More information and book tickets


Black Narcissus (directed by Michael Powell and Emeric Pressburger, 1947)

30 May 2019, 6pm
Theme: Sexuality, madness and religion
Introduced by Liz Goodwin

Nuns on film have a long and fascinating history, but they are perhaps never more visceral and iconic than in this visually stunning Powel and Pressberger masterpiece from 1947. The film follows the story of a group of nuns, led by Sister Clodagh (Deborah Kerr), as they attempt to establish a convent in the Himalayas, before each fall victim to various forms of madness, lust, misery and jealousy – shot in gorgeously epic yet skilfully claustrophobic style. This portrayal of the enclosed, celibate monastic life as, at best, unhealthy, and, at worst, dangerously destructive, echoes historical stereotyping, in particular focusing on nuns as sexually frustrated and immoral as a result. This talk will explore the film’s constructions, images and inversions of gender, sexuality and religion, discussing society’s obsession with nuns as sexual objects or as the dangerous, seductive, frightening ‘other.’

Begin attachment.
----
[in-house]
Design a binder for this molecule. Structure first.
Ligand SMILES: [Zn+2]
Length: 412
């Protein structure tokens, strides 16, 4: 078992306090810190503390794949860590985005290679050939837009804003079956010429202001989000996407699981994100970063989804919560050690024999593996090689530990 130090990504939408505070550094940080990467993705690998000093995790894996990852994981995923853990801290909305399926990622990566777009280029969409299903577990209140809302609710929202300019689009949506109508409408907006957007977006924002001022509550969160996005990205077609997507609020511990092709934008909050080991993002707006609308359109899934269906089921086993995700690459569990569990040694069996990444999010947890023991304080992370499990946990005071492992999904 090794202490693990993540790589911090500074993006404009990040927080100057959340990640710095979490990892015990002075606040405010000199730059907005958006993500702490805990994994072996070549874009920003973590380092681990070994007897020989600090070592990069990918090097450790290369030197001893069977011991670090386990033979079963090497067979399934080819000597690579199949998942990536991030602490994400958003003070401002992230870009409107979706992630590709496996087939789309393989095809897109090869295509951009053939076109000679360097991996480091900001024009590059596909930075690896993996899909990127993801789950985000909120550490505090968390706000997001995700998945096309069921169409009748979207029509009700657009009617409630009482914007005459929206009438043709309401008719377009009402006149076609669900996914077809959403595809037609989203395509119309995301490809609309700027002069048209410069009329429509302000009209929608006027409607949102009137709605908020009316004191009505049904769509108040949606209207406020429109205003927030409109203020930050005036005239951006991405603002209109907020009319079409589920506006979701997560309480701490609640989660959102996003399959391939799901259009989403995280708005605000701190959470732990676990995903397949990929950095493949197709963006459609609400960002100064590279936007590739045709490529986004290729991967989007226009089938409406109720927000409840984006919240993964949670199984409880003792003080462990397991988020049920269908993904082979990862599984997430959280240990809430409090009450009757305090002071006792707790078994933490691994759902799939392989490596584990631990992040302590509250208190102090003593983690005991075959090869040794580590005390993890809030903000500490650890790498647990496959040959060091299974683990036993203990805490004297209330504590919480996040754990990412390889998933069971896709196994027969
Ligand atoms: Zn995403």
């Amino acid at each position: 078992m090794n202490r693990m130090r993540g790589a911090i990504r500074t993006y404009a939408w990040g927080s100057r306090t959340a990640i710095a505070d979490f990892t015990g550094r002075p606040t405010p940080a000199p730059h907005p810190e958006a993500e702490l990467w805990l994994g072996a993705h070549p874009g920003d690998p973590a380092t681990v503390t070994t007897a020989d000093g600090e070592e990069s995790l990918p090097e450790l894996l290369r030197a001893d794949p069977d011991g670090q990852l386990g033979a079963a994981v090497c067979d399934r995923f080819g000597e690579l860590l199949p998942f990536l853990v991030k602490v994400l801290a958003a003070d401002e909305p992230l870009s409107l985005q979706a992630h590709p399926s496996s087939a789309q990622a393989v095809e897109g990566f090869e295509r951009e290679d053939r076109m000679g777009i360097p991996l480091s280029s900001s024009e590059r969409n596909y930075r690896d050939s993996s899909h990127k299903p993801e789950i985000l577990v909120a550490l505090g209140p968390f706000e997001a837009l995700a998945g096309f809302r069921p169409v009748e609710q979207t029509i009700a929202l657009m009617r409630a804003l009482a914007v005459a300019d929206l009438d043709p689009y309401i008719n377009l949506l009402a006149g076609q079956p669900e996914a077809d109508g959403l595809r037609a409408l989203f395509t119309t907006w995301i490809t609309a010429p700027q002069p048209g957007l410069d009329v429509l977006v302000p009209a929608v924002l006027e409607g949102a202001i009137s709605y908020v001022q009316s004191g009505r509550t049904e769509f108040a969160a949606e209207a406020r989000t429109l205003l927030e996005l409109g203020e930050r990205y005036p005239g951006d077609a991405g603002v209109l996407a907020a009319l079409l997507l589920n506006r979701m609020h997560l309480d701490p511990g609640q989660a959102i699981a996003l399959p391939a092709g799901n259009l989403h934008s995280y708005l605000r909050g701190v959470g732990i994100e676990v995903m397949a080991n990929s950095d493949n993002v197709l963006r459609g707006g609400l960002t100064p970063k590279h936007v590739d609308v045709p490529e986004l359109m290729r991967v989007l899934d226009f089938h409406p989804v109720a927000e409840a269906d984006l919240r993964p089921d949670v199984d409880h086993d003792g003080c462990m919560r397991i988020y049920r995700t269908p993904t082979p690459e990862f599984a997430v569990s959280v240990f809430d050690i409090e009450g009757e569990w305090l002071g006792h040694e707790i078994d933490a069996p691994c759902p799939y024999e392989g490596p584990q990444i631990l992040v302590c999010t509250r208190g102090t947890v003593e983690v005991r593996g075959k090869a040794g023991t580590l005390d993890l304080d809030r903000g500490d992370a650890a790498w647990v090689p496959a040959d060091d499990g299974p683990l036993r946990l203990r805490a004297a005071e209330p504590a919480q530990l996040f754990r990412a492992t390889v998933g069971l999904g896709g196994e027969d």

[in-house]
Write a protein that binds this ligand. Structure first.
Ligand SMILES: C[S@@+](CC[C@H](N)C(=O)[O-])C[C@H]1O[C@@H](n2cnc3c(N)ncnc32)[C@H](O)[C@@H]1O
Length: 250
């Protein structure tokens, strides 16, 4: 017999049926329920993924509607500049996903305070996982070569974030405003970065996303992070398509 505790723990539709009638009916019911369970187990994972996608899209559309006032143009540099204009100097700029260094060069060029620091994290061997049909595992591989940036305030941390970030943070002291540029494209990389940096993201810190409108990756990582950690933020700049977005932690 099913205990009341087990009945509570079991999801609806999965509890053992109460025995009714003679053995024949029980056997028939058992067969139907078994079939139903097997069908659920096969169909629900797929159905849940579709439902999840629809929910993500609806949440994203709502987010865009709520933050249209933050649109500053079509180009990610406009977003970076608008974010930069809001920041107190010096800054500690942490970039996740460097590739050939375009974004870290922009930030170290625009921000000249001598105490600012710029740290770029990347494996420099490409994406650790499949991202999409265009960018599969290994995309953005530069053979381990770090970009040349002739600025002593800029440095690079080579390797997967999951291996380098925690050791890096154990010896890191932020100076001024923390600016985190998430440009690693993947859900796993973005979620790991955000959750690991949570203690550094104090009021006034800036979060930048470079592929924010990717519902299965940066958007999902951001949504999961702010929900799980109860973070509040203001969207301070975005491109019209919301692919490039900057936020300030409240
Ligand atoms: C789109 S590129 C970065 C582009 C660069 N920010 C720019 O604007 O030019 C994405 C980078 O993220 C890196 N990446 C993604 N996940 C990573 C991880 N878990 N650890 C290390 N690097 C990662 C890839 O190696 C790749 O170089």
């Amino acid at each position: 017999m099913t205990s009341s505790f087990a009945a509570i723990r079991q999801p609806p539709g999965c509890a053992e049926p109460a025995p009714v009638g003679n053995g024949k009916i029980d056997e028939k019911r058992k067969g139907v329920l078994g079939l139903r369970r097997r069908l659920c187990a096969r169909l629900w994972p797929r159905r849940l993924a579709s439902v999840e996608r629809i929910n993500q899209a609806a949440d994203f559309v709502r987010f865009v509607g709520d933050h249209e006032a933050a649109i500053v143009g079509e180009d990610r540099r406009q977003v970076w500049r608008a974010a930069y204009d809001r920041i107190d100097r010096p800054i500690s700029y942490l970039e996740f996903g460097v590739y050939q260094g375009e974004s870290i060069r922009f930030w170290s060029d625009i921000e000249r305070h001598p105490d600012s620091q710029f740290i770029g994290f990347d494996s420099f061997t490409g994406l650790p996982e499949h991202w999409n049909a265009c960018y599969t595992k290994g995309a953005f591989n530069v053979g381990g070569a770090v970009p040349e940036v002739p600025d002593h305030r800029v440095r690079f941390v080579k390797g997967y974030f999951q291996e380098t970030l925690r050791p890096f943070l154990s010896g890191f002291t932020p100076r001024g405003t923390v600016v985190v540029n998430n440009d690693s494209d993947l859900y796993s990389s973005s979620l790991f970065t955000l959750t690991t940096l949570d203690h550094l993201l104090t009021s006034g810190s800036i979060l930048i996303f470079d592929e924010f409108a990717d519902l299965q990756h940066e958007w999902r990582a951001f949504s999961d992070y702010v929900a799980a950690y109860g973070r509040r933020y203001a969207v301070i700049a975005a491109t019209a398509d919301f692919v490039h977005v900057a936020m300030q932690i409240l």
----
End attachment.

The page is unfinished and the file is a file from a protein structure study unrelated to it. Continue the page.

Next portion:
More information and book tickets


Dirty Dancing (directed by Emile Ardolino, 1987)

27 June 2019, 6pm
Theme: Gender and class
Introduced by Jenny Saul

Classic 1980s Patrick Swayze film Dirty Dancing has much more to offer than immortal lines like "nobody puts Baby in the corner". It was actually a deeply political movie that explored themes otherwise absent from popular media of the period-- exploring issues of class, gender, and reproductive rights. Indeed, the film was nearly not made because studios shyed away from tackling these topics. In this talk we will discuss the film's commentary on these issues, with special attention to their relevance in our current political moment.

More information and book tickets


If you have any queries on the Philosophy at the Showroom programme, please contact Bob Stern.

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A Sheffield home for musical discovery and understanding.


Classical, World, Jazz... Lunchtime, Rush-Hour, Evening... Informal, Eclectic, Enlightening...

Outstanding artists of the highest national and international standing and performances from our talented students, spanning several genres and styles...what music will you discover?

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The Octagon Centre, The Drama Studio and Firth Hall

Music - Drama - Comedy - Dance

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Live gigs, comedy, spoken word & more at Foundry, Sheffield Students' Union

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Students' Union Film Unit

Students' Union Auditorium every Friday, Saturday and Sunday